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LONDON (Reuters Breakingviews) - What makes for a healthy job market? Low unemployment and generous, rising wages are a good start. There’s more to it, though. A government-backed study on Britain’s working practices published on Tuesday begins to ask the right questions about what the labour market should do – and how not to think about work.
Britain’s workforce should be the envy of the modern world. Unemployment of 4.5 percent is about as low as it can possibly get in a rich country, and participation in the labour market is at a record high of almost 75 percent of the population. Wages in real terms are below where they were in 2008, but real disposable income has grown in all but three of the past 35 years. And the market is flexible: more than France and Germany, but less than the free-wheeling United States, where employees can be hired and fired at will.
What raw statistics miss, though, is that not all jobs are the same. Wage data and employment numbers don’t say much about gruelling hours, intellectual pressure, lengthy travelling times or lack of status. RSA Chief Executive Matthew Taylor’s attempt to size up the state of British employment begins to address that, focusing on non-financial issues like security. While his review stops short of calling for a ban on “zero hours” contracts that guarantee no fixed amount of work, it does argue that sick pay and paternal leave should be offered to those who are effectively, if not technically, employees. Wages are just one of the six components of “good work” it identifies.
That framework could go further. The truth is that some kinds of paid work come with conditions that make them little better than not having a job at all, while others appeal much more than pay levels would suggest. Developing countries have known this for decades: think of the challenge of rooting out sweatshops. Emerging markets also offer examples of the other extreme. In China last year, 1.5 million people sat the country’s civil service examination, competing for just 27,000 jobs. These roles are neither challenging nor lucrative, but they bring status, stability and mobility: a state job in Beijing gives an outsider coveted permission to live in the Chinese capital.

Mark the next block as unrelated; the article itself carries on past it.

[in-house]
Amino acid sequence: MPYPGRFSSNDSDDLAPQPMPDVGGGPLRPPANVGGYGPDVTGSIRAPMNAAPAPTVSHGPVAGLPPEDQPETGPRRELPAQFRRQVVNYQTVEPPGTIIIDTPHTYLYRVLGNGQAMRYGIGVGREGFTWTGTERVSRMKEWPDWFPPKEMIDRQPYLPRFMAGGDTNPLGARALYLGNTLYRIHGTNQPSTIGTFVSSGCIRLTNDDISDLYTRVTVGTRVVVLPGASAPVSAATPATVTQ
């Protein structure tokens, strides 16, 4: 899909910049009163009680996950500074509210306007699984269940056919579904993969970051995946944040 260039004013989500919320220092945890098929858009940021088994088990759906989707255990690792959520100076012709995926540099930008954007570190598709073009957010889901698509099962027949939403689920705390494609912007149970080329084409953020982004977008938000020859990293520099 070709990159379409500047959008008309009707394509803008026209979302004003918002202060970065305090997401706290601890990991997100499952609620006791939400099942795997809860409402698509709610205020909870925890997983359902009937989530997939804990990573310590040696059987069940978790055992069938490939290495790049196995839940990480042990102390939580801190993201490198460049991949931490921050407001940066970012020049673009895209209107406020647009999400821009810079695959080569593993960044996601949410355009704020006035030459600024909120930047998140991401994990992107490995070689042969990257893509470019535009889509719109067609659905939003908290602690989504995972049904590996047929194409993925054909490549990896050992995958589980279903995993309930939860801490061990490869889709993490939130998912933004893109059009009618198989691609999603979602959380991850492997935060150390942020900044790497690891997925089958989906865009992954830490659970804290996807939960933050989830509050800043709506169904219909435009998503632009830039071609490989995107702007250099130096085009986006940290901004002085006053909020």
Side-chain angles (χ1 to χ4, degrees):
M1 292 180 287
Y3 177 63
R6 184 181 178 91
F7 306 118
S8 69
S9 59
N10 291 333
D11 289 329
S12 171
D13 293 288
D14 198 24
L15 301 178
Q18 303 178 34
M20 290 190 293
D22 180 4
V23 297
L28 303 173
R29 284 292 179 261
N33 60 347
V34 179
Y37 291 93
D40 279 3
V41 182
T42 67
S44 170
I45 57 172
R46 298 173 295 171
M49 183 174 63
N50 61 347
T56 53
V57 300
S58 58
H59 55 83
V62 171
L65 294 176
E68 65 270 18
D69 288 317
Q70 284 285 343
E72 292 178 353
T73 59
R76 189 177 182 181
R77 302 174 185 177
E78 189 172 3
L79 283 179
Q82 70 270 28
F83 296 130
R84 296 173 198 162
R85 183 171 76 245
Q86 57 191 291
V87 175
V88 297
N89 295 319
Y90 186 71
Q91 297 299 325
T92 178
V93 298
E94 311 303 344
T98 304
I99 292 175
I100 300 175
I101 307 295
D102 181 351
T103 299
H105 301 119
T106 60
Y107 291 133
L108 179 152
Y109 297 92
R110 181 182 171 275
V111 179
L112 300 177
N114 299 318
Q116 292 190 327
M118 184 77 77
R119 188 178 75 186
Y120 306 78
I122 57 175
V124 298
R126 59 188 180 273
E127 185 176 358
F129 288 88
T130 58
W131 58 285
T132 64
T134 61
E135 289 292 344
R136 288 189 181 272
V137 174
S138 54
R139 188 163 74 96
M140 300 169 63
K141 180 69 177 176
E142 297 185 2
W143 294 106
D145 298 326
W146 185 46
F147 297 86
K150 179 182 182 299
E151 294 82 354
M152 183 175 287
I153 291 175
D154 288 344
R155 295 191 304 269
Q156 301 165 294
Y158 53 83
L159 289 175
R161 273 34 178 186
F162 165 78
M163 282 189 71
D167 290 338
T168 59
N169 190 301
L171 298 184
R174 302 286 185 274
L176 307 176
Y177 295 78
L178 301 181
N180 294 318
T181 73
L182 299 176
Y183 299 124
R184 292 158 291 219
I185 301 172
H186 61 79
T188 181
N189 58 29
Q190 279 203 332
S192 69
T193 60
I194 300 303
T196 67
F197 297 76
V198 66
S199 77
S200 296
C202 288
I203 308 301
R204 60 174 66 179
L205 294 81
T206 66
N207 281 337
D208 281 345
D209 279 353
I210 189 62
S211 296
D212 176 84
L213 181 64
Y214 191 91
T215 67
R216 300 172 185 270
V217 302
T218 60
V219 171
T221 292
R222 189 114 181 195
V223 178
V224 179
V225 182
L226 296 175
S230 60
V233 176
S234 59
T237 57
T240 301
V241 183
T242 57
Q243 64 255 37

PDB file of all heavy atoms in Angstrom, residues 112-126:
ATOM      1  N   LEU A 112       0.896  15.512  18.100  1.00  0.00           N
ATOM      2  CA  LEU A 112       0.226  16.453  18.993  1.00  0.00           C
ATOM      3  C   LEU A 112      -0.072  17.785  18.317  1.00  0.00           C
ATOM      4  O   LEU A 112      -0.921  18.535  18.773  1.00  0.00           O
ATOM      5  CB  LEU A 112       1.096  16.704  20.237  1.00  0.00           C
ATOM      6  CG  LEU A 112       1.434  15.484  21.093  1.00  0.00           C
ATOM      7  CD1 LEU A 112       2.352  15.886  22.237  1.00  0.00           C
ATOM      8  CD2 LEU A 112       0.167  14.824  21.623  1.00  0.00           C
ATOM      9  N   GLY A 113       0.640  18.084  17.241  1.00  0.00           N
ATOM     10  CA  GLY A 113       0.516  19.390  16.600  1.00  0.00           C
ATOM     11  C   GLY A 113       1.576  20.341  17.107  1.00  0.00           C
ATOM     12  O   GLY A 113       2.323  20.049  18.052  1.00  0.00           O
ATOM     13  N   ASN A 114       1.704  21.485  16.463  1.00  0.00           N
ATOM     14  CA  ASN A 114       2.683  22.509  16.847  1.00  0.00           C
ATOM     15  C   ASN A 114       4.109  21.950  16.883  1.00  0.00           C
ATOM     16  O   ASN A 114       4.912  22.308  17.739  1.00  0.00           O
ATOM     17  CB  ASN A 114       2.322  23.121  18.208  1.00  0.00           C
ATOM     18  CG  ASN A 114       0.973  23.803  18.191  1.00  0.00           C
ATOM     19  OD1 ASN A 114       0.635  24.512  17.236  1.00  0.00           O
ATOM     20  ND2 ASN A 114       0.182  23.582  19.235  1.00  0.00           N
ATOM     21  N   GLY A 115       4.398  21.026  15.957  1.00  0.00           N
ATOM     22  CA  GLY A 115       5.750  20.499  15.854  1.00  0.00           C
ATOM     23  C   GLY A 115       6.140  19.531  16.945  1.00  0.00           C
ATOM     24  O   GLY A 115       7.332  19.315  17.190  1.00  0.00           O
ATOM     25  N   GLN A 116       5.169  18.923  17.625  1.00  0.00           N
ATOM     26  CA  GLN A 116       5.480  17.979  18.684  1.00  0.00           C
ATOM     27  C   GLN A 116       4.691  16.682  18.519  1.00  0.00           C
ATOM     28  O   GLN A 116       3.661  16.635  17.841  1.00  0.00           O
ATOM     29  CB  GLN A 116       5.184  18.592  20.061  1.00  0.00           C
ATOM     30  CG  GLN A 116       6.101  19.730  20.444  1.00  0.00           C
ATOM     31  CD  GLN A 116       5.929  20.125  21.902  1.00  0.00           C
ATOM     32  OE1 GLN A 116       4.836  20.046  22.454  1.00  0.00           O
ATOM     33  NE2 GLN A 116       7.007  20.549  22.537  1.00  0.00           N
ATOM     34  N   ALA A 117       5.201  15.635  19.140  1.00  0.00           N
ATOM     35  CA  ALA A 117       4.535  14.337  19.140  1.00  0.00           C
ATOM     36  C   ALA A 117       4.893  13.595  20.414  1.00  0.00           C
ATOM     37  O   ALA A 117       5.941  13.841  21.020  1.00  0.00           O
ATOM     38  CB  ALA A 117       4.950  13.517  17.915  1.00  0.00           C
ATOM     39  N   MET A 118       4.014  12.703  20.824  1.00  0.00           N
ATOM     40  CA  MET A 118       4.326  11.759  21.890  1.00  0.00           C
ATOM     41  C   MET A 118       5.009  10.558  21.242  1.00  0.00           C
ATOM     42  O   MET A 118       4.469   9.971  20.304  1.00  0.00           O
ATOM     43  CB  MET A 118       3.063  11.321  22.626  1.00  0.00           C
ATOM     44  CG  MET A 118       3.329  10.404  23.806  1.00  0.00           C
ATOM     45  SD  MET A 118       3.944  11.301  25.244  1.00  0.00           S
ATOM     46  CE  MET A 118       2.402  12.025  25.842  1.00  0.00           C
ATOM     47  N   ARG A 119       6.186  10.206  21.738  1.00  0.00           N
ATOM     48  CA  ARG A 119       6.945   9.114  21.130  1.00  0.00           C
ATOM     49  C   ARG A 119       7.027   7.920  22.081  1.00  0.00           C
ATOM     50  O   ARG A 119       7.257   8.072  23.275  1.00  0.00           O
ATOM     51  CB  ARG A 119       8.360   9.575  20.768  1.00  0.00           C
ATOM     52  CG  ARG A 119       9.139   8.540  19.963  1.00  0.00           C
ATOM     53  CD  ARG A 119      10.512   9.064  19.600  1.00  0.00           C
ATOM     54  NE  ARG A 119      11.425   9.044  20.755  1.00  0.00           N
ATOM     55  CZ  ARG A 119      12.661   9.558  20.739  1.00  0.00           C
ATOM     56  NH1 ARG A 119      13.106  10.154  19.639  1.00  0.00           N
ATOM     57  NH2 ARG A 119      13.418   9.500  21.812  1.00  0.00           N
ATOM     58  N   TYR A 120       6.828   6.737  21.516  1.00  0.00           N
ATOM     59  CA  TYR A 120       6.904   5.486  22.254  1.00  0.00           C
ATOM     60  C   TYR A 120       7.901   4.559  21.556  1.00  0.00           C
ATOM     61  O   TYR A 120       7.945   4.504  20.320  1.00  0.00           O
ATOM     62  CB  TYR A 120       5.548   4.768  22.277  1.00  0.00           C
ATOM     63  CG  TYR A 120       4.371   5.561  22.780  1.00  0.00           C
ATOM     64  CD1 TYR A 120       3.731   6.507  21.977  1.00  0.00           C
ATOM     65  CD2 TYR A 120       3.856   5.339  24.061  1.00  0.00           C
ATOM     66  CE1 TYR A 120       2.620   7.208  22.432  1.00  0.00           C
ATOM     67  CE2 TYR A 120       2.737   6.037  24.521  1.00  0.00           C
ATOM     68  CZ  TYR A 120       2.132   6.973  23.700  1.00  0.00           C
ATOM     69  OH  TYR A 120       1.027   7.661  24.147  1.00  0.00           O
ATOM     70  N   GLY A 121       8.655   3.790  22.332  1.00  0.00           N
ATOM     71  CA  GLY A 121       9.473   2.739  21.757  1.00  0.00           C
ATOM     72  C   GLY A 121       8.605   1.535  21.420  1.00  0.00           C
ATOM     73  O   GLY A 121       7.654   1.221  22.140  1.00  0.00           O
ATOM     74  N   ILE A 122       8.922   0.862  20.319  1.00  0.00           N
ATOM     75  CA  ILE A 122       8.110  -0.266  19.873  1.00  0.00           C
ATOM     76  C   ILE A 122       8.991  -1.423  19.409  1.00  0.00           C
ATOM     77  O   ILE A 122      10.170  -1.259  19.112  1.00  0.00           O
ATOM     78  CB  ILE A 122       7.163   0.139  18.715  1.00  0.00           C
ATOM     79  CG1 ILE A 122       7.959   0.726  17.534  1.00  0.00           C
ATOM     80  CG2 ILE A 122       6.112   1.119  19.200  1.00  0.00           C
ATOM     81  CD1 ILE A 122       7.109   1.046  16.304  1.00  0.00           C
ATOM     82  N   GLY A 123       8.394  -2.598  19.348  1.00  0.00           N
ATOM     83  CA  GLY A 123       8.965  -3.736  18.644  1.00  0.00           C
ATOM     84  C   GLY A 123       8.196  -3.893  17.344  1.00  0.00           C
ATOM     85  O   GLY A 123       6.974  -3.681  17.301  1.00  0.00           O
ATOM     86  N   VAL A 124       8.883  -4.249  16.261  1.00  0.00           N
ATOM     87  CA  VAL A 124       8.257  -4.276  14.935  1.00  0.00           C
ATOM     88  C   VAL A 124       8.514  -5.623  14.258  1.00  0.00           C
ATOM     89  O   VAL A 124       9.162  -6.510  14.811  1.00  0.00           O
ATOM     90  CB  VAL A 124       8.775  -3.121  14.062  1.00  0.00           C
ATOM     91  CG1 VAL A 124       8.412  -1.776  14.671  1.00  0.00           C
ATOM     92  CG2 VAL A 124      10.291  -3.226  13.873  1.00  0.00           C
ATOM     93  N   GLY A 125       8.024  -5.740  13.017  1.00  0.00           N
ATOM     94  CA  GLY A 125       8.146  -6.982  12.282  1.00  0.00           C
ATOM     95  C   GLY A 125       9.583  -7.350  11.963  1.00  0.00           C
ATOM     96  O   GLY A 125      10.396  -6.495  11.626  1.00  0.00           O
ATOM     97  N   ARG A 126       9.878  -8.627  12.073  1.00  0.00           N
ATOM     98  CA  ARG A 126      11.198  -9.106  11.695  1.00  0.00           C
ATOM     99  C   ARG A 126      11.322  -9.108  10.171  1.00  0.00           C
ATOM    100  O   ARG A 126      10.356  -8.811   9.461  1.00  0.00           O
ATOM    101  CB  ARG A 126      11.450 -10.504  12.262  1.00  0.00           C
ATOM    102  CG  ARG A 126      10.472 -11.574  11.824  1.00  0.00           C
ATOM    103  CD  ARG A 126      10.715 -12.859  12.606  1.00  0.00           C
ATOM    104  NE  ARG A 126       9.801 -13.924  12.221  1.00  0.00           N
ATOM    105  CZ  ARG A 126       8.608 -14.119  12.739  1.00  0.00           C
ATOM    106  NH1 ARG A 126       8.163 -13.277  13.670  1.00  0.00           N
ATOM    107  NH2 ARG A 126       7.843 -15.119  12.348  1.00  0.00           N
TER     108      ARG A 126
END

If some jobs are as bad as none, aggregate data on how many people are in work becomes less useful. Again, China’s planners would say this is hardly news. Official unemployment in the People’s Republic has not risen above 4.3 percent in more than a decade. Yet the authorities worry constantly about disgruntled workers, and with good reason. India is in a similar situation. So, after the Brexit vote of last year, is Britain.
The idea that governments should keep their hands off if wages and aggregate employment are rising is falling out of fashion. That’s because it is now clear that workers don’t always negotiate the best deal. In theory, a driver for car-hailing app Uber would calculate the minimum value of their time, add on a charge for the potential costs and risks they will incur, and refuse to work for less. If employers do not provide basic benefits, employees ought to demand more. That clearly doesn’t happen. Individuals tend to lack sufficient information to price risks properly, and would probably misjudge them even if they had better information.
Any review of modern work needs to answer two questions: how to create more good jobs and how to measure them. This might need a nudge. Though Britain had its share of sweatshops and child labour, it also has a tradition of employers being surprisingly virtuous. The paternalistic capitalists of the Victorian era built towns and schools for their workers. More recently, Virgin founder Richard Branson said he would no longer keep track of how much time employees spent on holiday. Disruptive technology firms, and hard-edged American working cultures of the kind that saw maverick Uber chief Travis Kalanick fall on his sword, may require more coercion to do more than the legal minimum.
Measuring whether new types of work are up to scratch poses an even bigger challenge for governments and economists. That calls for some new tools, such as better canvassing of workers’ feelings about what they do, or new definitions of pay that factor in a value for non-financial measures like holiday benefits or job security. The current practice of just counting employed people and what’s happening to their wages is no longer good enough.
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